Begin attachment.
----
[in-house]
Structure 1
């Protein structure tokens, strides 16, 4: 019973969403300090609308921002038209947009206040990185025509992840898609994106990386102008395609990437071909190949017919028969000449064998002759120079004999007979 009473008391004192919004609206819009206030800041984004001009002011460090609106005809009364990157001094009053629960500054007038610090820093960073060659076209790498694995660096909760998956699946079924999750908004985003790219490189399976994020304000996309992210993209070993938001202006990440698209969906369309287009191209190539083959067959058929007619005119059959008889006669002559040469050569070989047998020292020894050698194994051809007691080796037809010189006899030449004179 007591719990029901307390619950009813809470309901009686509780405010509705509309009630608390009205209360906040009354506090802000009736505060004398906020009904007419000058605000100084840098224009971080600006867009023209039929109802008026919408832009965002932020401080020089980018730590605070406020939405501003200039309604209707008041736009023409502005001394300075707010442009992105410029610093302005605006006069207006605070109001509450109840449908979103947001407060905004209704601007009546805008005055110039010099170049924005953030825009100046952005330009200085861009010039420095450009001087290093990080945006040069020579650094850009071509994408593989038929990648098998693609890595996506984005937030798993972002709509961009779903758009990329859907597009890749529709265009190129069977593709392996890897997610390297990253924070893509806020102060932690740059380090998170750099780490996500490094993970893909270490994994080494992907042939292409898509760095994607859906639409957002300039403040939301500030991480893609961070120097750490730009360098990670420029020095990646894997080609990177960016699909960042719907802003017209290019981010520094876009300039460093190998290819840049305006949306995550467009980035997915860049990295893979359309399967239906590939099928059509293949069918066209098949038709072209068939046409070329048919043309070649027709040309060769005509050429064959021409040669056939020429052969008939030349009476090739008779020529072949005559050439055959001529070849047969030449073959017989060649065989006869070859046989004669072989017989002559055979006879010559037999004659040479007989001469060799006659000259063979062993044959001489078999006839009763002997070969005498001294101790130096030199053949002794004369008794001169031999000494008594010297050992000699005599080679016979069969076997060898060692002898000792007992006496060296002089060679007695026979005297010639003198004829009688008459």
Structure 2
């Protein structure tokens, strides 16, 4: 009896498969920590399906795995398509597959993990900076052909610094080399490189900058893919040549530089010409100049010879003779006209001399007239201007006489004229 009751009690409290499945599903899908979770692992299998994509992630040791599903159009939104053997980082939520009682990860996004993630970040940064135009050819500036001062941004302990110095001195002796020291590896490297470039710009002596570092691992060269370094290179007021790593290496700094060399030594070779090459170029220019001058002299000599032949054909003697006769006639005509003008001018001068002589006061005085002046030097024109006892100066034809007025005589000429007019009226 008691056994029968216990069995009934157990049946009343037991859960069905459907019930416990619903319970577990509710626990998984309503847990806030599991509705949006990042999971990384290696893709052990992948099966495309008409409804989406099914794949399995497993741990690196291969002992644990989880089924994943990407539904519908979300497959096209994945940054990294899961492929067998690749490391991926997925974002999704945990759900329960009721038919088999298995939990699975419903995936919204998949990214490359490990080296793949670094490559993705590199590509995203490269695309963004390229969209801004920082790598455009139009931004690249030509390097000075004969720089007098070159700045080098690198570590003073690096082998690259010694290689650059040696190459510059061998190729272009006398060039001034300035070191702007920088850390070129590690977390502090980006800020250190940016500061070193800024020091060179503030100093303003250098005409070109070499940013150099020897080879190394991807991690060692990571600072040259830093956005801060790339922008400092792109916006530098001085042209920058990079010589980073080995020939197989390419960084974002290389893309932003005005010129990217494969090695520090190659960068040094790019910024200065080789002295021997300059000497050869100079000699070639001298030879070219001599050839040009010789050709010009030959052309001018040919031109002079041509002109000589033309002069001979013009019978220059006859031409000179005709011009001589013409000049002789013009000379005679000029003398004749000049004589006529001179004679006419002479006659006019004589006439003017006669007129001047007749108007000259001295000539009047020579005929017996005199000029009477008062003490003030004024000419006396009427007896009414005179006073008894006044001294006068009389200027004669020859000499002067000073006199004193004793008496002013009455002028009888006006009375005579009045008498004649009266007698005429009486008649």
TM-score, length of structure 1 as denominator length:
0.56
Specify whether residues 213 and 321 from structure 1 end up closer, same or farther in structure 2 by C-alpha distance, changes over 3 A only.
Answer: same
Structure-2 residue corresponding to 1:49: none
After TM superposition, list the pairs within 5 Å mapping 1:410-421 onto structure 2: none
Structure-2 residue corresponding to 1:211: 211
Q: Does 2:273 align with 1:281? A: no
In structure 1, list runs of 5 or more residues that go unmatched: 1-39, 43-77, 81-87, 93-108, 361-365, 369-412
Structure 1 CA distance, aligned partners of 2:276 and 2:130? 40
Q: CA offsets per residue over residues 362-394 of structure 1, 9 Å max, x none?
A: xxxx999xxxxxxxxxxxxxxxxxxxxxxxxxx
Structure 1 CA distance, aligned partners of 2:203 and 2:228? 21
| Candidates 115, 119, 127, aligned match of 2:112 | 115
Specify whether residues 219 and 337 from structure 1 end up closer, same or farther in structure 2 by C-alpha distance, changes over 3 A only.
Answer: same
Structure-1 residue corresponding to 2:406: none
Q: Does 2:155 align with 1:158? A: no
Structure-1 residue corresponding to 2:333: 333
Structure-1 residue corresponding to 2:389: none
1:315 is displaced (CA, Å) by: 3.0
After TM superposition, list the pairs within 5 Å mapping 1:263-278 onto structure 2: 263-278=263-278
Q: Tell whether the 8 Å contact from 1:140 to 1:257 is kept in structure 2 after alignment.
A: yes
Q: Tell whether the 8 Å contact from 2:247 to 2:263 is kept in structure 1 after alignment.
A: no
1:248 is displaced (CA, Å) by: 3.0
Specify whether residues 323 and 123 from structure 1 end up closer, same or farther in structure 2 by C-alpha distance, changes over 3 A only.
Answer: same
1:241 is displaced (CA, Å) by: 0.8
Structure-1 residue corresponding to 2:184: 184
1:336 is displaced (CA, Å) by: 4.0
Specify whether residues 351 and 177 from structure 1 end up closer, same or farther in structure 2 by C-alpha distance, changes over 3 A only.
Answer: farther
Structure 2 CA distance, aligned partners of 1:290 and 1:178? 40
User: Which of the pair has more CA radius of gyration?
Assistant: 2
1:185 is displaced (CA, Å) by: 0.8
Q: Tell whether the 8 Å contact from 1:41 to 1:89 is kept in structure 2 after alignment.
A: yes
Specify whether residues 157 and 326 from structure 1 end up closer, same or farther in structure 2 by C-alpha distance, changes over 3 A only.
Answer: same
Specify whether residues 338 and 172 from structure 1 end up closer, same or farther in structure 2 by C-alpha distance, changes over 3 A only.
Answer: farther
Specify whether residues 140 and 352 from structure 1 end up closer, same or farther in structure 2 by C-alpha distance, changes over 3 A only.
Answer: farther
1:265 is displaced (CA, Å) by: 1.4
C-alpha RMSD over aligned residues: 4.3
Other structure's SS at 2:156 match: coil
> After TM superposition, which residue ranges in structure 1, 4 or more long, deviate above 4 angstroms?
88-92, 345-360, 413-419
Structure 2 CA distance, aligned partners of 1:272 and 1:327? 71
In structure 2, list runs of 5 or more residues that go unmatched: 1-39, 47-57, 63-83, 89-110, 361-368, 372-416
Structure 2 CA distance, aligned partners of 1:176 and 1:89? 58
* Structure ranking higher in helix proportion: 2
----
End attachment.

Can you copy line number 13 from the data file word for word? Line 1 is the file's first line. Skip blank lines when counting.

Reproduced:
Q: Does 2:273 align with 1:281? A: no